Beautifully Horrifying Night a Bloodcurdling Scream
Save for one minor hiccup near the end, David Slade’s adaptation of the graphic novel 30 Days of Night is every bit as beautifully horrifying as I hoped it would be. This down-and-dirty saga of an Alaskan town faced with a marauding force of vicious vampires during a normally quiet month of wintry darkness isn’t just good, it’s damn good, the film a potent limerick of blood, suspense, heroism and violence I thoroughly enjoyed.
The town of Barrow, Alaska is used to taking things easy. Perched at the top of the world, each winter they face 30 days of darkness as the sun hides on the other side of the meridian. Those who choose to stay behind are used to fending for themselves during these days of endless night. In fact, they take great pride in doing just that.
Things change the moment a mysterious stranger (Ben Foster, who with 3:10 to Yuma and now this probably has the market cornered on skuzzy bad guys) wanders into town seemingly out of nowhere. At first Sheriff Eben (Josh Hartnett) doesn’t put much stock in the man’s cryptic musings about encroaching death, But when strange occurrences begin to rip the small community apart, it is up to Eben to save as many of the town’s residents as he can from a shadowy pack of invaders hungering for human blood.
Soon he and a handful of others, including his estranged wife Stella (Melissa George), realize they are battling vampires, all of whom are intent on wiping their town’s existence right off the map. Somehow they must find a way to make it through the next thirty days without getting bit, With time running out, Eben must decide as to whether or not he should stand and fight, putting his own life on the line in the hope this will save everyone else.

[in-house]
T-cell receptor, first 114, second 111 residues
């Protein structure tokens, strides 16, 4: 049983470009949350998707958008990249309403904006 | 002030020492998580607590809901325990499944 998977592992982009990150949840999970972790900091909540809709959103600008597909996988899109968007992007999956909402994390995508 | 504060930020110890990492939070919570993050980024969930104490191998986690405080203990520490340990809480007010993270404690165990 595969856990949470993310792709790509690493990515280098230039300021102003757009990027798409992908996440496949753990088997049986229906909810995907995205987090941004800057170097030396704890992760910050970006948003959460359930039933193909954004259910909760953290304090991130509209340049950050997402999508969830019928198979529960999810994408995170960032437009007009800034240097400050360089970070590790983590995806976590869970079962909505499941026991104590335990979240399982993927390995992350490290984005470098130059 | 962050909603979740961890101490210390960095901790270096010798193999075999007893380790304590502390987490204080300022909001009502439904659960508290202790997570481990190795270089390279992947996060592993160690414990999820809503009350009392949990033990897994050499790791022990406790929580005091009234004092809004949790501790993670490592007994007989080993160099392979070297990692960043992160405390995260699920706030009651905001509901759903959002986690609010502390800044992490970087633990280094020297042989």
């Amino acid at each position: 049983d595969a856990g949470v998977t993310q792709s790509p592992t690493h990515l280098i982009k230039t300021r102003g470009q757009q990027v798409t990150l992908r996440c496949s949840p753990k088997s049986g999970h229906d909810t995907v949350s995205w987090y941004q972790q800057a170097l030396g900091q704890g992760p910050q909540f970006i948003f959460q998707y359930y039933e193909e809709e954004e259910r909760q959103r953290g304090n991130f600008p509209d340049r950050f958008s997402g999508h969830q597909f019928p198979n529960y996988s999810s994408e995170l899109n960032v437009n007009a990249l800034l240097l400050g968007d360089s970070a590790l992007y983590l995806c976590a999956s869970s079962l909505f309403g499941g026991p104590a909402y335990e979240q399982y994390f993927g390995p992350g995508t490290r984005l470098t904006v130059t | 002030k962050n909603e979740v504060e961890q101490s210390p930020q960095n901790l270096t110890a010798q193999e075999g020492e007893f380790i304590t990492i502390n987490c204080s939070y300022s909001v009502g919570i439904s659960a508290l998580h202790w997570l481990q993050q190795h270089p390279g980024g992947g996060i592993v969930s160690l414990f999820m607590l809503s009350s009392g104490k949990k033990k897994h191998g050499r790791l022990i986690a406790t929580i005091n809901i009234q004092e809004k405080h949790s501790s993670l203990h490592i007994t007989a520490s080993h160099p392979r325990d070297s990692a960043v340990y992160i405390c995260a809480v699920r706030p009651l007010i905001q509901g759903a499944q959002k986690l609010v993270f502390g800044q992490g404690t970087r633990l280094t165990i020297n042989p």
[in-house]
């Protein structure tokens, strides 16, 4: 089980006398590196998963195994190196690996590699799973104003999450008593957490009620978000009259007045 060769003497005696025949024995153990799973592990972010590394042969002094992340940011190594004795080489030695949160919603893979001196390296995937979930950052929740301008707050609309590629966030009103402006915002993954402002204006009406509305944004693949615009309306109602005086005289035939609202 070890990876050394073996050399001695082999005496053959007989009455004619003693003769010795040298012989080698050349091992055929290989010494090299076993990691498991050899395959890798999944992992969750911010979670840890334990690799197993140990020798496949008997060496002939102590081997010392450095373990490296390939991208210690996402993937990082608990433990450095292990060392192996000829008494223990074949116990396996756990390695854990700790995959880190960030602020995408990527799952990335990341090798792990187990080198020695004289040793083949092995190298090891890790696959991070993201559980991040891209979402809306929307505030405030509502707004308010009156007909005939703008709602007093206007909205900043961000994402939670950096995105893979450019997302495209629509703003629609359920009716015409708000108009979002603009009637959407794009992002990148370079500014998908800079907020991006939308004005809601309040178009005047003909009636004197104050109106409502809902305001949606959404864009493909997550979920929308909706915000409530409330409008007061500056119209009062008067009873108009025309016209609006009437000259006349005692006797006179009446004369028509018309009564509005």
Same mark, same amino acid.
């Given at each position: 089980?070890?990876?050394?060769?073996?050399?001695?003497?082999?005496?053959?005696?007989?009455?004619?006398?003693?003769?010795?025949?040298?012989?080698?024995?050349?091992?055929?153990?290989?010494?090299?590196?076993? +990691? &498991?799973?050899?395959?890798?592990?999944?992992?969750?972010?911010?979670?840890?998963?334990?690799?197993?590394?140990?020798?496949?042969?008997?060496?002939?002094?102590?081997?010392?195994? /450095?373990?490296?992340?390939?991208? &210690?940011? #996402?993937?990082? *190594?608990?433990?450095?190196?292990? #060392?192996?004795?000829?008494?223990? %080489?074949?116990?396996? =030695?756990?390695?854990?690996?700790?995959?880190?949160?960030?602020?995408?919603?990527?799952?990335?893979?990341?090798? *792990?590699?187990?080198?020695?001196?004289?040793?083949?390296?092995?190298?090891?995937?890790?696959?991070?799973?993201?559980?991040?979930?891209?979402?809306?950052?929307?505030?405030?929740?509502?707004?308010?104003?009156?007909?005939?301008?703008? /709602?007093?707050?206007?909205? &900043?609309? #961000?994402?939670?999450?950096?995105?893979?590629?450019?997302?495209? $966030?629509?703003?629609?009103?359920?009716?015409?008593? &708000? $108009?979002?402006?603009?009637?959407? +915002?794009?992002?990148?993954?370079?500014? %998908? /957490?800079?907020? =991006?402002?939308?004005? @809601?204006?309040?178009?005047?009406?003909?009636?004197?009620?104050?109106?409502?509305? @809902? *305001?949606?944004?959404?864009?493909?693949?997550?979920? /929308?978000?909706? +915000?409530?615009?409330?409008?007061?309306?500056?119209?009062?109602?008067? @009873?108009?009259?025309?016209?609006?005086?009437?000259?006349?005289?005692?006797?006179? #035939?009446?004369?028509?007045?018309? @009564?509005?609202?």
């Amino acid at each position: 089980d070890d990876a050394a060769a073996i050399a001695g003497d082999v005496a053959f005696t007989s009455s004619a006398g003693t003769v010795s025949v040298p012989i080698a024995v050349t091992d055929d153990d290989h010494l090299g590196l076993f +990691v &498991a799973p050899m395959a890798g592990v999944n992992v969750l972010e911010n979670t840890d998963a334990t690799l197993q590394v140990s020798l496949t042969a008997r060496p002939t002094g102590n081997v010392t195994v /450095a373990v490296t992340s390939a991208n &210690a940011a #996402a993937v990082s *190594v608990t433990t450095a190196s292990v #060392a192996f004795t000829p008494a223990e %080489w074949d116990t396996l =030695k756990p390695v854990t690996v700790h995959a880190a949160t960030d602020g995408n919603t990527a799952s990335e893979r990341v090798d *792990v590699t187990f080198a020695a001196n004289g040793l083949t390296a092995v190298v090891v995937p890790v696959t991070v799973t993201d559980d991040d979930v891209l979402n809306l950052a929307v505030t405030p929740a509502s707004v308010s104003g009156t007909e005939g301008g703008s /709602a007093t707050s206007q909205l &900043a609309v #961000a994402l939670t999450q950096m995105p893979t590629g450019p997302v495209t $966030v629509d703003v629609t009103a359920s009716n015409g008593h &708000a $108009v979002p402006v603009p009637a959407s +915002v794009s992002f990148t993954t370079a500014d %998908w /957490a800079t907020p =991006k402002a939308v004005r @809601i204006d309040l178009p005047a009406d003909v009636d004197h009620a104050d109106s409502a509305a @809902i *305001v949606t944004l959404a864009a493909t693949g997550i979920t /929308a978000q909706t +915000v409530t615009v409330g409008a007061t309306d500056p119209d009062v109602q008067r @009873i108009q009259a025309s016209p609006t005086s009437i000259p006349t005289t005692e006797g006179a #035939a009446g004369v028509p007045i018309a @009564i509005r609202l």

It’s a great scenario, one brought to vivid life in Steve Niles and Ben Templesmith’s source material. While the film doesn’t quite capture the giddy malevolent terror found upon the duo’s pages, the director and his trio of writers – Niles, Stuart Beattie (Collateral) and Brian Nelson (Hard Candy) – come pretty darn close. Slade’s picture builds terror with unrelenting ferocity, even utilizing a handful of vampire genre clichés in ways that feels fresh and imaginative even when they’re not.
The technical elements are outstanding. Jo Willems (Rocket Science) shoots the frigidly blue landscapes with a canny eye for malicious detail. Paul Denham Austerberry’s (Assault on Precinct 13) production design crisply and cleanly evokes the eerie spirit of the graphic novel. Maybe best of all? Brian Reitzell’s (Stranger than Fiction) furiously pulsating score, each chord creating shivers of startling apprehension with pulse-pounding urgency.
There are some minor annoyances, but most of them aren’t worth going into in any sort of detail. There is one item that did irk me, but as it comes right near the end, and because I don’t want to spoil any of the fun, I can’t say much about this particular element. It has something to do with the climactic showdown, however, and as superbly staged as this face-off between human and vampire may be, there’s a head-scratching reveal right at the end of it that had me at least somewhat rolling my eyes.
Who am I kidding? I liked this movie. A lot. It got under my skin right away. Danny Huston is a dynamite villain, and Slade knows how to make audiences squirm in giddily uncomforting psychotic delight. Everything builds to that crackerjack climactic showdown, and there were moments during its best beats where I wanted to rise to my feet and rhapsodically cheer. 30 Days of Night is a marvelously bloodcurdling horror show I can’t wait to sink my teeth into again.
Film Rating: 3½ (out of 4)